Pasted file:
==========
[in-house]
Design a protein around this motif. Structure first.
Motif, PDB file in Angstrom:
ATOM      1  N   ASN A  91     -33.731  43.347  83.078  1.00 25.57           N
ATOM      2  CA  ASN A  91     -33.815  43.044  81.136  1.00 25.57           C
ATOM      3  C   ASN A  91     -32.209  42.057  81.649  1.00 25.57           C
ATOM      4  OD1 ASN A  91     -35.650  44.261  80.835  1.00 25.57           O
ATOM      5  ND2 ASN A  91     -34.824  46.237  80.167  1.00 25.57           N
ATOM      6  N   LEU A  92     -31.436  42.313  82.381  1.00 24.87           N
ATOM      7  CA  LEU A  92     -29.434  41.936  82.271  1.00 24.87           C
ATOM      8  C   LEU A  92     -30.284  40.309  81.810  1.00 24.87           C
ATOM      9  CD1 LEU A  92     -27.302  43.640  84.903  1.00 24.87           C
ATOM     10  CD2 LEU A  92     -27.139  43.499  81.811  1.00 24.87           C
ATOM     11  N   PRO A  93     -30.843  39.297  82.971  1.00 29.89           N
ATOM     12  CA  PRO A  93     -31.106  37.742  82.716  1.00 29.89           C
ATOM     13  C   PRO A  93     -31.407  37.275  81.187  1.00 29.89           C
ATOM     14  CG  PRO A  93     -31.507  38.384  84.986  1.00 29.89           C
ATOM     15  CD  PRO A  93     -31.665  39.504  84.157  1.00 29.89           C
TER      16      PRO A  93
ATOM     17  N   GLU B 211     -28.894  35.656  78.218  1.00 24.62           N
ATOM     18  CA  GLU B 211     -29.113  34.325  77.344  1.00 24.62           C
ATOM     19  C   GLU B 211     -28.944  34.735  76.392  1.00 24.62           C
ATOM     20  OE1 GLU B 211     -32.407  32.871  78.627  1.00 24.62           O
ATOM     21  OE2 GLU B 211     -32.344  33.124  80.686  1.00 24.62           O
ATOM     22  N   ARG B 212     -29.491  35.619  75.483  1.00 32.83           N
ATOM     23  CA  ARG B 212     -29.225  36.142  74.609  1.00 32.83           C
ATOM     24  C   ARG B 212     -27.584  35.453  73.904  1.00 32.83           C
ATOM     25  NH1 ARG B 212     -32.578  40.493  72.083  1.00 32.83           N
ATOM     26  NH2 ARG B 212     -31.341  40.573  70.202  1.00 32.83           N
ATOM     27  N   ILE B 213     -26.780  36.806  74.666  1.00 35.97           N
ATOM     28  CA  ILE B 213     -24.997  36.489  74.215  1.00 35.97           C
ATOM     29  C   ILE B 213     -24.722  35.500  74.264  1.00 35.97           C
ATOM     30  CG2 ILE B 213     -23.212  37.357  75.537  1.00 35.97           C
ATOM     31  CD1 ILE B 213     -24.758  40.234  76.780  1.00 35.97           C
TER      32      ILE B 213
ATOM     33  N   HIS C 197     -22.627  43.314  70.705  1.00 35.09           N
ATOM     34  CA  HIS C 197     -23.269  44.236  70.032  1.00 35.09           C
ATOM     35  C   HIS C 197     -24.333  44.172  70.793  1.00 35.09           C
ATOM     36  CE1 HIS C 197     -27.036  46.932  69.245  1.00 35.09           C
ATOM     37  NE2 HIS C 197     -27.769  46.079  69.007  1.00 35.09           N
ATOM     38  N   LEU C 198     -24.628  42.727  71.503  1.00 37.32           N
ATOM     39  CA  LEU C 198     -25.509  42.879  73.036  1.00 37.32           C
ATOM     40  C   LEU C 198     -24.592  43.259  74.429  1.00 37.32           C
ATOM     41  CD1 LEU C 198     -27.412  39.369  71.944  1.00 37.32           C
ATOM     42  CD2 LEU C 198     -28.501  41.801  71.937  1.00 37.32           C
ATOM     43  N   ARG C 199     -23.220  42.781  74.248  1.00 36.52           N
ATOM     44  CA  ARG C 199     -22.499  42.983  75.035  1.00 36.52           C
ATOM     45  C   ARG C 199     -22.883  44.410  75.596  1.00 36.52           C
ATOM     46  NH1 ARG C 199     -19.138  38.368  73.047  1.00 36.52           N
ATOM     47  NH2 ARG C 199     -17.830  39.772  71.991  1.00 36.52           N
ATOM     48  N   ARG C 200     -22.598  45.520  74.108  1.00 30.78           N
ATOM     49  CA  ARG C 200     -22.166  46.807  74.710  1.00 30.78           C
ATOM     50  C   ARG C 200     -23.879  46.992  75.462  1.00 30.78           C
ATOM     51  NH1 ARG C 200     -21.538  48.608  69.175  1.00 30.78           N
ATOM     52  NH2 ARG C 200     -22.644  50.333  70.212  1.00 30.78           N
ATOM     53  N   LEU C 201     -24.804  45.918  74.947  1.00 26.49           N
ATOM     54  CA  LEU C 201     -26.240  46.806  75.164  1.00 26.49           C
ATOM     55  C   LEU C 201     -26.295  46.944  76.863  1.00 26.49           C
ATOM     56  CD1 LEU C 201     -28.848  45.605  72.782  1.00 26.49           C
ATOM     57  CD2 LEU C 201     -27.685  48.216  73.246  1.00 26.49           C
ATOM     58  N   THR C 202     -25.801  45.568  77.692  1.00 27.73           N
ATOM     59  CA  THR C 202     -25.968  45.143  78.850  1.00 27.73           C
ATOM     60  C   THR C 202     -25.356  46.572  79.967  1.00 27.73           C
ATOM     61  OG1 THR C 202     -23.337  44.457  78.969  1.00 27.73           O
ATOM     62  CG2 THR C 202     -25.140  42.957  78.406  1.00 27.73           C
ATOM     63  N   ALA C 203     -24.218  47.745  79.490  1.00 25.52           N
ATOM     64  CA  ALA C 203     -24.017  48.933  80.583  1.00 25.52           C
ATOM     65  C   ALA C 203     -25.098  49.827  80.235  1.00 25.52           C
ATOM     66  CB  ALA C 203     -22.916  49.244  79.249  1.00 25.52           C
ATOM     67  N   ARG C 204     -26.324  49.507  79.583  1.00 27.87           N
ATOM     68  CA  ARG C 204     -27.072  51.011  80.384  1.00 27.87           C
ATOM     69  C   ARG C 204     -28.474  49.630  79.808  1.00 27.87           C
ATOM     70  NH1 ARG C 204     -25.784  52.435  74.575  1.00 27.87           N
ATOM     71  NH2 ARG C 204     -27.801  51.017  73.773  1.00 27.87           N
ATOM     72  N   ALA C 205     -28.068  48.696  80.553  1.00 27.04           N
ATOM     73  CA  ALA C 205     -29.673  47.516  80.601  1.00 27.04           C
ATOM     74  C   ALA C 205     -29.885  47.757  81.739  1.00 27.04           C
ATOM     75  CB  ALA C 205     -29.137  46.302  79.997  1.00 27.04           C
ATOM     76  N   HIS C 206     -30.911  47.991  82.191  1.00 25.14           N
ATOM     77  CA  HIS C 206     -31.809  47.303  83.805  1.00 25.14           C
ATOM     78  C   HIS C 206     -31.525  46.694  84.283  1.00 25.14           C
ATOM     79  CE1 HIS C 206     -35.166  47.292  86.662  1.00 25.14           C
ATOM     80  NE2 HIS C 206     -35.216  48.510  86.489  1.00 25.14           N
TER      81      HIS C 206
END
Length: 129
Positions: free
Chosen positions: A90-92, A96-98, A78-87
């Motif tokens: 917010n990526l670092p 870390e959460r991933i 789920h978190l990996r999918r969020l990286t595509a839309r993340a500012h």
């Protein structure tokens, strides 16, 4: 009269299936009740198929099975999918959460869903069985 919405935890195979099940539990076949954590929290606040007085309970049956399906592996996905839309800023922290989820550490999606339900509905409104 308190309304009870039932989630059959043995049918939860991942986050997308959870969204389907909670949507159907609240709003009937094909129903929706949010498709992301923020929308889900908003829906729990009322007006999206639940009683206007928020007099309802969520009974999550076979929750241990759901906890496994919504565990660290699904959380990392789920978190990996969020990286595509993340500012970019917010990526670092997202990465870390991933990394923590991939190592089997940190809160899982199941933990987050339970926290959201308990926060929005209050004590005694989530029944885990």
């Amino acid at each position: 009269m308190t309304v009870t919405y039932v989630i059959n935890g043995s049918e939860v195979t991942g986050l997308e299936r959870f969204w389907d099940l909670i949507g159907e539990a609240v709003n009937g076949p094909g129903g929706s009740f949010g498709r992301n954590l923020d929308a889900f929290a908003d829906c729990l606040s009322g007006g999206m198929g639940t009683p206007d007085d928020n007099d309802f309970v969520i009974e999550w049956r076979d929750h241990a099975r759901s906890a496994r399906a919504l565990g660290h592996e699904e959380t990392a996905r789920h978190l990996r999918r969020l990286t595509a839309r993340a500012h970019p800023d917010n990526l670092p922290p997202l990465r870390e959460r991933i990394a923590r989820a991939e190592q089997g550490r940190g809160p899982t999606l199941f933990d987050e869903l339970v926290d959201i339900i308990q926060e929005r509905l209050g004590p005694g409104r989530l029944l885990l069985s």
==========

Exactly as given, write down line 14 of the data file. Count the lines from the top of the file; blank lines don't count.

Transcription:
ATOM     11  N   PRO A  93     -30.843  39.297  82.971  1.00 29.89           N